Disclaimer: although I do work on some of these issues – this is a personal post, on my personal blog and done in my own time and does not necessarily reflect the views of my employer.
In a hotel in central Doncaster five or six years ago, I was sharing a meal with a colleague. He had an environmental health background, you know, restaurant inspections and the like. We were discussing that I’d just seen restaurant hygiene ratings online for Lawrenceburg, my hometown. (I’d link to them, but time passes and it’s not as easy as it used to be to find them. But you can still look up scores under any zip code) He didn’t think that was such a good idea. It put the restaurants’ business in jeopardy for what a snapshot inspection. People might not understand what the scores meant. He was pretty much appalled by the regular feature on Houston local television from Marvin Zindler (of Best Little Whore House in Texas investigative journalism fame) where he focused on local eateries that had failed health inspections with detailed accounts of dead flies and rat droppings and he reported with particular glee on slime in the ice machine. Here’s his last every restaurant report, the whole thing is good, but the money shot begins at 1 minute 28 seconds.
So essentially, we were eating a meal and we had no way of knowing whether they had consistent violations or a spic and span kitchen. Personally, I want to know whether there’s slime in ice machine. He’s not a bad guy, I really like him. But essentially he was part of culture of bureaucracy which meant that he didn’t trust the rest of us to understand what environmental health officers do. But he expected us to trust that restaurant inspections were going well and keeping us safe.
Time has moved on there, too. There’s now a scores on the door programme in the UK.
I was reminded of this today when I saw Heather Brooke speaking at the RSA about her book The Silent State: secrets, surveillance and the myth of British democracy. She was the muckraking campaigner who did much to expose the parliamentary expenses scandal. In her talk today she focused on the rise of data base government. And I stress that while she’s not opposed to the government collecting data, obviously data and information are critical to effective governance and service delivery, she is opposed to the ceaseless gathering of personal data on all of us, to which we often have no access, no right of correction and which can be passed from agency to agency. She blames the faceless and unaccountable bureaucrats for this data pack-rattery and I think she blames as well much of the British public who complacently allow this to happen.
I’m in a bit of an odd position in that I am one of those faceless British bureaucrats and I’m an American citizen with a healthy distrust of government (or paranoia, you be the judge). When I expressed my doubts about the national child data base (ContactPoint) – colleagues could not believe that I didn’t want my child on it – though in fact, I don’t have a choice about this. I don’t really know who has access to it or what information it will hold, despite having read the fact sheet. I don’t even know if my son yet has a record (it hasn’t been fully implemented yet). In the fact sheet, I’m told I can ask to see the record, but I’m not given any information about who I’d ask to get it.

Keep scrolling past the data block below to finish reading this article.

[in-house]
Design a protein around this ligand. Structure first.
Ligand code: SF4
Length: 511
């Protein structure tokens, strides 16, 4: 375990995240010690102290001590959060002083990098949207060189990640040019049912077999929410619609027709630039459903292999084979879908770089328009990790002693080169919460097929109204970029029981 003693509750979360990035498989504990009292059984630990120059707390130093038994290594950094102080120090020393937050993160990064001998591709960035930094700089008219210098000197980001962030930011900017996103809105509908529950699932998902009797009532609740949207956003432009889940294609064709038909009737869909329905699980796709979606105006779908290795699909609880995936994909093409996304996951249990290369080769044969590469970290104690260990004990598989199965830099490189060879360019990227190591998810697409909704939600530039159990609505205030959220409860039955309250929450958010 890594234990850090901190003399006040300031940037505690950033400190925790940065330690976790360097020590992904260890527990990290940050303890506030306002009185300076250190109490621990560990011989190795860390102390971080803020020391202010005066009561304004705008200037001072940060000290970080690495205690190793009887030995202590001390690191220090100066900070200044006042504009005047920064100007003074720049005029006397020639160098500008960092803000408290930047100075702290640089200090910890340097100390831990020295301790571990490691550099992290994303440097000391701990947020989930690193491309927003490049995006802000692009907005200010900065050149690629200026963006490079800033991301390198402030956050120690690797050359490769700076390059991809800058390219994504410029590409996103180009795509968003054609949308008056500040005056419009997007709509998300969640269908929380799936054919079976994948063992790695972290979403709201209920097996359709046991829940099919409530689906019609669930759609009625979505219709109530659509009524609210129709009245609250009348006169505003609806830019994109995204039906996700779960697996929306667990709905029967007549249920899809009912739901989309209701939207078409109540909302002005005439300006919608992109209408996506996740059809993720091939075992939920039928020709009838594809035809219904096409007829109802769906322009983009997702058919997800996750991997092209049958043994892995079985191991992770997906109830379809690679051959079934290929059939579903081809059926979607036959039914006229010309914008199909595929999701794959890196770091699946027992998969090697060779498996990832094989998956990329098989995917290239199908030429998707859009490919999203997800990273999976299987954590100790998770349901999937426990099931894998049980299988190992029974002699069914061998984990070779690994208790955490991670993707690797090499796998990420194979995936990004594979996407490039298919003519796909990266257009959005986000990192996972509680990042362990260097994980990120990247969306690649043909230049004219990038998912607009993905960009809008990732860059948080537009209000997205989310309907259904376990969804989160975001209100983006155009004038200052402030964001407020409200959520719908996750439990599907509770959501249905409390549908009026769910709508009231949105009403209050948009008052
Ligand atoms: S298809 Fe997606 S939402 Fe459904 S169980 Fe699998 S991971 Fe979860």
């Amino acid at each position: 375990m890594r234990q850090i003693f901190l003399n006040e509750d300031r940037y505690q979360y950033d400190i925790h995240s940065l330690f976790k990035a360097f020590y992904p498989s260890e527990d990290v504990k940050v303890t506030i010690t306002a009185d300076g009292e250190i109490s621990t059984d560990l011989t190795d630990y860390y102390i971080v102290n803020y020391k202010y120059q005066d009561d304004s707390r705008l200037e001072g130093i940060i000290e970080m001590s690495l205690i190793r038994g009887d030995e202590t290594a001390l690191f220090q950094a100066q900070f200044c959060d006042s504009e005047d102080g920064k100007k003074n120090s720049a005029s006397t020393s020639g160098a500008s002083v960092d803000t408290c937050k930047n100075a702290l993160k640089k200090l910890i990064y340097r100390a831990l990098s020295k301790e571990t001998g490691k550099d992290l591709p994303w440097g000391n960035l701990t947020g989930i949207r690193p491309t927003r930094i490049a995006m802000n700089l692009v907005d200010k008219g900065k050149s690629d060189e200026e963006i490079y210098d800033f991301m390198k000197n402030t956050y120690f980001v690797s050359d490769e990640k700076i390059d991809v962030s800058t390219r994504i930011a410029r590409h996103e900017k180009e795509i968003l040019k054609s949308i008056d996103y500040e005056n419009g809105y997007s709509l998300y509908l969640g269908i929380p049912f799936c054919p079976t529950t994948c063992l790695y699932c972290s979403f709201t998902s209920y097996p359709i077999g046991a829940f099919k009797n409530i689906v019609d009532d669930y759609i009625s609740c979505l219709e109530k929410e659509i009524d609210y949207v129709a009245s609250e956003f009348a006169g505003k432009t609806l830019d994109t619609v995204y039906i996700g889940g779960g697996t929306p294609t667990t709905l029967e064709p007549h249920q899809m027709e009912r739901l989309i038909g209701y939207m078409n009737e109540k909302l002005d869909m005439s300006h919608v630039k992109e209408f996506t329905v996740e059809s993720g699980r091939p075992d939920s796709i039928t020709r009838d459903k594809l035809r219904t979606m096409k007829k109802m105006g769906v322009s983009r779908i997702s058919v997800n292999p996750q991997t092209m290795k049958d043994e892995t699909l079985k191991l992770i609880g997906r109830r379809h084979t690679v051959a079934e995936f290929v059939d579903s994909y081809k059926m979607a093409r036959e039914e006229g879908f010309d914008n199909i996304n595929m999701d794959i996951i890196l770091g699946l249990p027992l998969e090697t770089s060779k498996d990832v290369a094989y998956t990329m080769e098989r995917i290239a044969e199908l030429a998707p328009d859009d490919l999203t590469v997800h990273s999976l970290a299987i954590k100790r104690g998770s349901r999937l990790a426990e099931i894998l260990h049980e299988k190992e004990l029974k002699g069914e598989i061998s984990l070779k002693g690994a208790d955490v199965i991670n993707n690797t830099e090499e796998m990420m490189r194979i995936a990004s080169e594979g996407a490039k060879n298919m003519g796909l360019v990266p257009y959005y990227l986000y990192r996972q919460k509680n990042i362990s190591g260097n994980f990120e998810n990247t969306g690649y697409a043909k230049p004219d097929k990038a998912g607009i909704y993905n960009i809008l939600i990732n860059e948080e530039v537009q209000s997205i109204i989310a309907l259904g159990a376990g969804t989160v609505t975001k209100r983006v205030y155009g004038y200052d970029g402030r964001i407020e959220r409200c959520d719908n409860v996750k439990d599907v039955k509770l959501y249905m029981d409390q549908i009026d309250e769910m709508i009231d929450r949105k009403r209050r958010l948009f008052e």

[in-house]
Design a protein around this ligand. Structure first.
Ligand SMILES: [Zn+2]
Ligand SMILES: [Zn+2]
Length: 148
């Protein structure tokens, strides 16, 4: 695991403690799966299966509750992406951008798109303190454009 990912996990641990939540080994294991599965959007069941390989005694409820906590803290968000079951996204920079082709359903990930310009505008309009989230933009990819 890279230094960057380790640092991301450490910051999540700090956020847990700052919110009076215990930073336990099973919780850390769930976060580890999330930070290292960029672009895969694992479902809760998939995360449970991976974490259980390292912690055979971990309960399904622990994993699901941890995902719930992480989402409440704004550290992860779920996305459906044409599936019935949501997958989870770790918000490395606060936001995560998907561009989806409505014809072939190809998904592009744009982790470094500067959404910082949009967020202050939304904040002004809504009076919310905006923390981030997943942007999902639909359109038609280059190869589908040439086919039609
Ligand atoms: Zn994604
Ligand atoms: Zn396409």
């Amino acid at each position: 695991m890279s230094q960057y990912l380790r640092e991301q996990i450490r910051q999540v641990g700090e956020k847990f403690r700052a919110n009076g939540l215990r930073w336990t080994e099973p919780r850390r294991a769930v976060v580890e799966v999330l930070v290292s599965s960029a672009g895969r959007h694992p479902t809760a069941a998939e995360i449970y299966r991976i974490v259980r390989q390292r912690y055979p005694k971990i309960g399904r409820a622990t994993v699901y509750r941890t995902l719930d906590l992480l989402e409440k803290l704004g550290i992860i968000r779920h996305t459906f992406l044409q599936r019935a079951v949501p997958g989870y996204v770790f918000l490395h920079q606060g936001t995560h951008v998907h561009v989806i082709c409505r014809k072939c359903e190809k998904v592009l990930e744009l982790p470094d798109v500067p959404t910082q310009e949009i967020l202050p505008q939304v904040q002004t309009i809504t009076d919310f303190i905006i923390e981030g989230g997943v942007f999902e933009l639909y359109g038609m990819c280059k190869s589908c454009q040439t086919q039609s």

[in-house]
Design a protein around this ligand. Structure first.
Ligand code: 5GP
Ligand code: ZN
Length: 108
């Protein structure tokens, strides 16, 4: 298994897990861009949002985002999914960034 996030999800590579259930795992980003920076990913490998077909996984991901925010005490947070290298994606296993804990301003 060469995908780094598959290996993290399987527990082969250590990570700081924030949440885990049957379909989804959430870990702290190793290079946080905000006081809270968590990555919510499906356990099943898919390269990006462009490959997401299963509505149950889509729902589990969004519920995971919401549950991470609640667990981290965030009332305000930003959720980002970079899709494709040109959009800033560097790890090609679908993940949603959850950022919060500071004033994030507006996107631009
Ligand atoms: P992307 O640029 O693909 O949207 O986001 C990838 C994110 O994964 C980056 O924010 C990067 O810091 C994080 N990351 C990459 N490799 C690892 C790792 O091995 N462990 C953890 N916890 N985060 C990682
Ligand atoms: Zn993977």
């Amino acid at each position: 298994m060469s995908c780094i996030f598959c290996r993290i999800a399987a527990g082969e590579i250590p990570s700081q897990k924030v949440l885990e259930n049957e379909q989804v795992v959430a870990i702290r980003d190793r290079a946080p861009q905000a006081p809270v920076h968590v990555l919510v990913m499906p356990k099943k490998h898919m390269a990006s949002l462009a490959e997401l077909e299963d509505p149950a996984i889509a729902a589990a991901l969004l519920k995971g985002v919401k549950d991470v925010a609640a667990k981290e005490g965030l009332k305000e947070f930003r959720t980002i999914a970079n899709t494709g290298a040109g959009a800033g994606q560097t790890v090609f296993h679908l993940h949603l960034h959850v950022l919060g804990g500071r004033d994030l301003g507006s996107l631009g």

It’s not that I think someone will misuse the information about my son, there‘s a certain safety in numbers, I guess, I mean why would my son’s data in particular be misused. But someone could do it. It’s not that I don’t think that most people who work in the UK public sector aren’t fantastically dedicated or at least perfectly OK. But there are just so gosh darned many of us, that some of us have got to be bad/lazy/corrupt. And some of them have access to information about you and me.
Another point she covered is that all this data may not actually be solving the problems. I’m a technocrat of the first order, so naturally I think that more data is better. But I also know that even perfect data won’t help you if you don’t make the right decisions with it. What’s rarely been mentioned in the light of Baby Peter case or Victoria Climbie is that although some information wasn’t shared, often it was. Part of the problem was simply professionals making the wrong decision or using poor judgment or apparently not being bothered enough or too overworked to follow up. It’s easier to say that we need more information than to look at the culture of decision making.
Things are getting better
Heather Brooke was a bit dismissive to Matthew Taylor’s (head of the RSA and event chair and former Number 10 policy chief) suggestion that the introduction of the Freedom of Information Act was a step in the right direction. I do think that it’s important if imperfect. I think the open data movement is even more important, putting non-personal data owned by the government in the hands of anyone. (data.gov and data.gov.uk) Of course, that’s all non-personal data. But it is a big step toward greater transparency and accountability.
But at the same time that the government is getting on the bandwagon of open and linked data, the government is using linked data principles (essentially standards which help you to link a data point in one set to a corresponding data point in another set – e.g. information about my health and my employment) to make it even easier to share both personal and non-personal data between agencies. Some of that’s good, it’s more efficient, it could avoid information mismatching and help agencies get on the same page. But some of that may be a bit worrying. As it gets easier for you to connect up information about government, you can bet that it’s going to be even easier for government to connect up information about you.